By the time I was fifteen years old, the philosophy literally dictated my every thought and deed from the moment I woke up, to the moment I went to sleep at night. Upon hearing that I was once lost in existentialism, most people will look puzzled and ask, "What is that?" So before I continue with the remainder of my testimony, I thought I would take some time to address what existentialism is, and why it is so dangerous.
Existentialism is a philosophy that is not easily defined, because it has no set definition. Basically, the idea is that life has no meaning apart from the meaning that we create and apply to it. Essentially, each person is responsible for defining himself and assigns purpose to his own existence. As a result, man finds himself exposed to the futility of this exercise, and often will succumb to feelings of dread, despair, nothingness, anxiety, and absurdity. These five words accurately describe my secret life as a teenager.
The trouble arises when one desperately tries to assign meaning and purpose to one's existence, only to realize that it is nothing more than a smokescreen. An excerpt from Wikipedia explains this wonderfully (emphasis mine):
When our meaningful representations of the world break down (which they may do at any time, and for any reason - from a tragedy to a particularly insightful moment on the side of the individual), and we are put face to face with the naked meaninglessness of the world, the results can be devastating . . . the concern with helping people avoid living their lives in ways that put them in the perpetual danger of having everything meaningful break down is common to most existentialist philosophers. (Source)When we understand that we cannot control anything beyond our circumstances, life becomes very frightening, depressing, and desperate. For example, suppose I am a talented musician. My entire identity is built upon making music. Thus, I have constructed my own meaning and purpose upon this foundation. But suppose I am involved in a horrible accident that leaves me paralyzed, so I am unable to breathe on my own or move my fingers? I would never be able to play my instrument ever again. My existence, my purpose, and my reason for living are now gone.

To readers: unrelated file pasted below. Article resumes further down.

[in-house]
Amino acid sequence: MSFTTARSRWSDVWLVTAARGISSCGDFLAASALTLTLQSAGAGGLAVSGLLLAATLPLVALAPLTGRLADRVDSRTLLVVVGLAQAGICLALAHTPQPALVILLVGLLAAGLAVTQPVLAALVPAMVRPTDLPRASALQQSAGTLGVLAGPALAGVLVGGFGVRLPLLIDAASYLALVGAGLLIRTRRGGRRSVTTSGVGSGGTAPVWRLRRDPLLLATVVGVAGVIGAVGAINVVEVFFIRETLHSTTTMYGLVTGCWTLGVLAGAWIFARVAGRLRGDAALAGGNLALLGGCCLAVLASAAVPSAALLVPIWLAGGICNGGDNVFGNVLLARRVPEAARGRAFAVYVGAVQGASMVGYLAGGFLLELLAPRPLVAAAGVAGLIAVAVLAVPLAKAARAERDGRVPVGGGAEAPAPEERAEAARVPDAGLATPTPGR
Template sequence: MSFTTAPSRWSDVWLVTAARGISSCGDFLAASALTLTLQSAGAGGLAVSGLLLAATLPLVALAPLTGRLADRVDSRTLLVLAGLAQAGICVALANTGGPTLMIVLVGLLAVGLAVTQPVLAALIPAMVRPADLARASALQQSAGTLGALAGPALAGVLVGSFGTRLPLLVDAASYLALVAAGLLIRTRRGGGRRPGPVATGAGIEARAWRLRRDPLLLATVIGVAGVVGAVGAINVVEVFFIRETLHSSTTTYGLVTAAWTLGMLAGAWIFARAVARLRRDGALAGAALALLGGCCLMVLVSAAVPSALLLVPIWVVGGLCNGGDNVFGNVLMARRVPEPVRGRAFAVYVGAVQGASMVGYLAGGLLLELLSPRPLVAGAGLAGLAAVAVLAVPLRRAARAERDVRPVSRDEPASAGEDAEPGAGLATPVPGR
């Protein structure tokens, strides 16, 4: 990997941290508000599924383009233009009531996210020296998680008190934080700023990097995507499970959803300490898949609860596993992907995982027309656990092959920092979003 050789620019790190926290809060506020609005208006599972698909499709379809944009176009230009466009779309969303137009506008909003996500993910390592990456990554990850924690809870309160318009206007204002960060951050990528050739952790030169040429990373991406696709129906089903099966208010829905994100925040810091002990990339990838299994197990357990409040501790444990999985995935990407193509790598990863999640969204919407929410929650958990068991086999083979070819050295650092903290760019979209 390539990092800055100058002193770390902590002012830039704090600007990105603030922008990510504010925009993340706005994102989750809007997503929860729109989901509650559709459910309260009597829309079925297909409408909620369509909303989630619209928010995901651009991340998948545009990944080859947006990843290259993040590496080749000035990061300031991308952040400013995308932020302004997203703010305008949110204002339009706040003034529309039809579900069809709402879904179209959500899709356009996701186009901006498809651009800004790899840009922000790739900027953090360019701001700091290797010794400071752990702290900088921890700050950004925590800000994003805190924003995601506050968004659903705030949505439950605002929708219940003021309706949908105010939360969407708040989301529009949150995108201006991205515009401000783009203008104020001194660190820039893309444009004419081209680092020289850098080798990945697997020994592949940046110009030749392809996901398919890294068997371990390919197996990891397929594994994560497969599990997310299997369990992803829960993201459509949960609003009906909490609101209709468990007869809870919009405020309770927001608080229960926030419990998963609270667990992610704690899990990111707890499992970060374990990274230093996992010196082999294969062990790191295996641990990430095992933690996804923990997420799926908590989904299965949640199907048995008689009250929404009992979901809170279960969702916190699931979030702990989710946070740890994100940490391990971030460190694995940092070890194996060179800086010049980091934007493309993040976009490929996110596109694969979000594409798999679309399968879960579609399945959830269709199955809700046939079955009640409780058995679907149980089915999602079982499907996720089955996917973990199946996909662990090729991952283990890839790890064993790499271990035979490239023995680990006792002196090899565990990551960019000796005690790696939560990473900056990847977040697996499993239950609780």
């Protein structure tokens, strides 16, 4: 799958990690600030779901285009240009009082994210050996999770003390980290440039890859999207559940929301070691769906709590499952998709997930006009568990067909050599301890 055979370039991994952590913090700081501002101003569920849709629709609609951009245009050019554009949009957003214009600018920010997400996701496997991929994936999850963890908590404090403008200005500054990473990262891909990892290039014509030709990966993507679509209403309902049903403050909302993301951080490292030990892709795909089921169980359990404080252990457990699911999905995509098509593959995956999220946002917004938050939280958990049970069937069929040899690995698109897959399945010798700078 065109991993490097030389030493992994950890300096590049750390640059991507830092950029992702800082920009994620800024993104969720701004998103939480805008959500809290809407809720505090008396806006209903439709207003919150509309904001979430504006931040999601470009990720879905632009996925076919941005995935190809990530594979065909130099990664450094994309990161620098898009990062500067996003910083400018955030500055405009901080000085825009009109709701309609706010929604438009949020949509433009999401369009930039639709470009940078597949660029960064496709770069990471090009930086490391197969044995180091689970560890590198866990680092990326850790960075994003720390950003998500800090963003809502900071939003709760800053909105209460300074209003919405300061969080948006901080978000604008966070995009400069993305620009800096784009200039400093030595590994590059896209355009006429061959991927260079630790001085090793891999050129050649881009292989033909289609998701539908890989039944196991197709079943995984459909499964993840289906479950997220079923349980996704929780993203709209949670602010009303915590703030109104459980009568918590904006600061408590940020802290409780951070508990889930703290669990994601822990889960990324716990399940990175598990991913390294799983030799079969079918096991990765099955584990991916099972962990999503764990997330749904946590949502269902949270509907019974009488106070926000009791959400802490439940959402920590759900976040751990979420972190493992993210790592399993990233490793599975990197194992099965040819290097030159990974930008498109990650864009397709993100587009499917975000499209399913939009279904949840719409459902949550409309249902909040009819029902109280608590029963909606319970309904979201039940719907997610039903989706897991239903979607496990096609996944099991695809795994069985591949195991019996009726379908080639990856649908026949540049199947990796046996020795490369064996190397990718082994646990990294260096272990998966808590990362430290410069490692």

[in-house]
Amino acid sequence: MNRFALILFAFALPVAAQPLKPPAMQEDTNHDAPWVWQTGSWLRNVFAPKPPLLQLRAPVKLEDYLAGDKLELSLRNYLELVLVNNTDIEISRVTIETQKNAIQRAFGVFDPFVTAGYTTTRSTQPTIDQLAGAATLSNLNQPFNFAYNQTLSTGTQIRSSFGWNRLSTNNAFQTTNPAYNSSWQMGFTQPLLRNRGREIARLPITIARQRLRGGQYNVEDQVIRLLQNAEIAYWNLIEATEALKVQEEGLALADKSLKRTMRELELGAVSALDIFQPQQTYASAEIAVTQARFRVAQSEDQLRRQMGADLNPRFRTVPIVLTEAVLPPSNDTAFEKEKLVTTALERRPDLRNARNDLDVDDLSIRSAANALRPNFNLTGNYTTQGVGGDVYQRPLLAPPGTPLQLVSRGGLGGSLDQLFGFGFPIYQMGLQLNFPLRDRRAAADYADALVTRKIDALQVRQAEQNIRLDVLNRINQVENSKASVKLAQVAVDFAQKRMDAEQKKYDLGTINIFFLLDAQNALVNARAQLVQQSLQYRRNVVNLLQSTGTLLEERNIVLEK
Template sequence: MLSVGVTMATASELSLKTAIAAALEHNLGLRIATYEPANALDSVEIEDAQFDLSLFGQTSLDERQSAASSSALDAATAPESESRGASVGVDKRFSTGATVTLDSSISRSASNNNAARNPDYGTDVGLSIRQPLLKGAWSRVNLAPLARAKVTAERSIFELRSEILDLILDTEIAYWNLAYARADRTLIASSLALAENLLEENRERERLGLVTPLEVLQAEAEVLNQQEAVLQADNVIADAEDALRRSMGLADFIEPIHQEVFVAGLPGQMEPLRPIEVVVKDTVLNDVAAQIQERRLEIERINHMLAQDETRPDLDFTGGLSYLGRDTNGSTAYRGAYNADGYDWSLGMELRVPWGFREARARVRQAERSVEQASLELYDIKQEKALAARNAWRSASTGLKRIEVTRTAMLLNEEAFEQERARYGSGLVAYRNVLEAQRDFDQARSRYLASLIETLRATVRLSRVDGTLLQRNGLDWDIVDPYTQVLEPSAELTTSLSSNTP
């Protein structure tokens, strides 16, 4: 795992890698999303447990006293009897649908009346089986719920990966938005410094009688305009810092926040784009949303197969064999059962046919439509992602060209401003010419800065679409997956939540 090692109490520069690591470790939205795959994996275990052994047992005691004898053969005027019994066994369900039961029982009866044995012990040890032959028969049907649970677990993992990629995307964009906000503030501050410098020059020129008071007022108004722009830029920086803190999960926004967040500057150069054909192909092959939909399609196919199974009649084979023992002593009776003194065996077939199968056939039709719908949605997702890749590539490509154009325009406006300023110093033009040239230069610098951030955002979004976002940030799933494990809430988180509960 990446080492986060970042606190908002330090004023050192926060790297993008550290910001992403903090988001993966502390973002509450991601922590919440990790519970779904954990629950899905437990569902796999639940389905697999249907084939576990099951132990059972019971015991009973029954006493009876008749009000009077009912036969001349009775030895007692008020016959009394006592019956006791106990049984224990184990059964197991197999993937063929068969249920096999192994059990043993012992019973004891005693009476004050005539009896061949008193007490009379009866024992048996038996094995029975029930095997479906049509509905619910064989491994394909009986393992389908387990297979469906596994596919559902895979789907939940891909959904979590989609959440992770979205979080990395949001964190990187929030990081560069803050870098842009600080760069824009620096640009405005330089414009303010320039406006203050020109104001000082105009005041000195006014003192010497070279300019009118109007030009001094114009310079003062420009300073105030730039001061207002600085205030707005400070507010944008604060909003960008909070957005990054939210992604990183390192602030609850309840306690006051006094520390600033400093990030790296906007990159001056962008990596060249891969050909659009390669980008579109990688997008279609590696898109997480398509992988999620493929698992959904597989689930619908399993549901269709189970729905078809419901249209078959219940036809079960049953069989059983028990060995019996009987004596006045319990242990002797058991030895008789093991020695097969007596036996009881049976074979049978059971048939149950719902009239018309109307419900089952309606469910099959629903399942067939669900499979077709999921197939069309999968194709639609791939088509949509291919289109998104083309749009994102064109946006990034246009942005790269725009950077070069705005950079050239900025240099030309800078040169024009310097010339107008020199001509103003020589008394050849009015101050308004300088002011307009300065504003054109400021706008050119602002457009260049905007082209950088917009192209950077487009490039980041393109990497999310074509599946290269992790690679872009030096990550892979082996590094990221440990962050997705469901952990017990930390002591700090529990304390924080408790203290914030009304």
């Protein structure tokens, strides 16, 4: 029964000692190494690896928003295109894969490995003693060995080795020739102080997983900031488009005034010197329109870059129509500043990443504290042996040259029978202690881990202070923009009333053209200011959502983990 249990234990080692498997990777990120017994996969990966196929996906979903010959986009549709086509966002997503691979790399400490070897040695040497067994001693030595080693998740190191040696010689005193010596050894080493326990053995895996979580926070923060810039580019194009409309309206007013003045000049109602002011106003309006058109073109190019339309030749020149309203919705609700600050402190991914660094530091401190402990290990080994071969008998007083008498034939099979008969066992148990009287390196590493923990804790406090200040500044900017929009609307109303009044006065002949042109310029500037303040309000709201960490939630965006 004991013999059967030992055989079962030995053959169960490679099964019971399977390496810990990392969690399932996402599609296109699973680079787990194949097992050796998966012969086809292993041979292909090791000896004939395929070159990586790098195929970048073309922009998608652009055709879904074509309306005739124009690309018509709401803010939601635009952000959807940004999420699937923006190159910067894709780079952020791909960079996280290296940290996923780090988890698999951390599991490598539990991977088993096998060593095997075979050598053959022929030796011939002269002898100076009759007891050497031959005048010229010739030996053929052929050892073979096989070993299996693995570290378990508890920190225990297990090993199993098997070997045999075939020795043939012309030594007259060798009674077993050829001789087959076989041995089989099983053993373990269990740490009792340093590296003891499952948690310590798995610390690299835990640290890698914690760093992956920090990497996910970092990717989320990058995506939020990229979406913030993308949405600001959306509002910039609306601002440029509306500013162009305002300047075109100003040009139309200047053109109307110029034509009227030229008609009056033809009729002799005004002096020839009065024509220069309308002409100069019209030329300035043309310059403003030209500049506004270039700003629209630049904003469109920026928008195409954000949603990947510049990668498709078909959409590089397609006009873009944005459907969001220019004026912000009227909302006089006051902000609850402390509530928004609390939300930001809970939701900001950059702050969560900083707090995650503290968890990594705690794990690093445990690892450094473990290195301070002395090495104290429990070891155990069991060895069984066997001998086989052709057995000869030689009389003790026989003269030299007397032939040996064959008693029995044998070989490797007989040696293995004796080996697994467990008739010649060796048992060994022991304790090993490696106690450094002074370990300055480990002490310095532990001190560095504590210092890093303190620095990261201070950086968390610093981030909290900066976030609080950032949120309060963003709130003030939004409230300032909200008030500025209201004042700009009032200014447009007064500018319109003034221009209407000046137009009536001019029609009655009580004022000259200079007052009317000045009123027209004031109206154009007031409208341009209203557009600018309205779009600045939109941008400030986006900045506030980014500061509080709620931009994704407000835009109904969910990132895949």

Now imagine I am a talented musician, and I am perfectly healthy. I am still able to operate within the confines of the meaning and purpose I have given myself. I have not been involved in any accident at all. But the possibility that I could suffer physical harm on such a grand scale remains. Although I am healthy and making music, in the back of my mind, I know this truth exists only as long as my circumstances allow. Knowing that my purpose can be taken away at any moment is terrifying. And ultimately, my purpose will die, because one day, I will die. And everything that I ever created will be lost, because I am no longer able to act as the author and finisher of my purpose.
Existentialism is dangerous because it seduces the individual into coveting God's sovereignty. The insatiable desire to create meaning and purpose usurps the authority of the meaning and purpose that was made by the ultimate Creator.Depressing, isn't it? That's not even the worst of it. Existentialism is dangerous because it seduces the individual into coveting God's sovereignty. The insatiable desire to create meaning and purpose usurps the authority of the meaning and purpose that was made by the ultimate Creator. The Bible says, "All things came into being through Him, and apart from Him nothing came into being that has come into being" (John 1:3). When we seek to manufacture our own meaning, we are rejecting the notion that the reason for our existence starts with God, not us.
A second reason why existentialism is so dangerous is because it is true (to an extent). Just read the book of Ecclesiastes and you will see what I mean. Everything will one day fade away. This is Biblical truth. But only when we take our eyes off God and look to our circumstances, only when we embrace the things of the world instead of the things of God, does this become a problem. A healthy outlook on God's sovereignty is the cure. The Bible says, "Heaven and earth will pass away, but My words will never pass away" (Matthew 24:35, Mark 13:31, Luke 21:33). When we focus on God's sovereignty, we can channel this truth into the ability to let go of the things of the world, and instead cling to the only thing that truly matters: the Cross.
In Christianity, who you are determines what you do. In existentialism, what you do determines who you are. Perhaps you are familiar with the words of the old hymn: "On Christ the solid rock I stand, all other ground is sinking sand!" The Christian stands on Christ, the solid rock. The existentialist, on the other hand, has staked his territory on all sorts of sinking sand. This is why existentialism results in a lifestyle of despair. When you realize that everything you hold dear will one day be torn from your hands, either by death or circumstances, it leaves you with a feeling of uncertainty about everything.
Thank God, He has delivered me from existentialism. It is a complex philosophy that I don't think many people understand, yet most have been affected by at one time or another. For this reason, I hope to shed light on the impact it has on the human soul by sharing various highlights of my testimony.
For a more detailed introduction to existentialism and its themes, I encourage you to listen to R.C. Sproul's message by clicking here. The message is approximately 20 minutes long.
Now that you have a working idea of what existentialism is all about, keep this in the back of your mind as you read the rest of my story . . .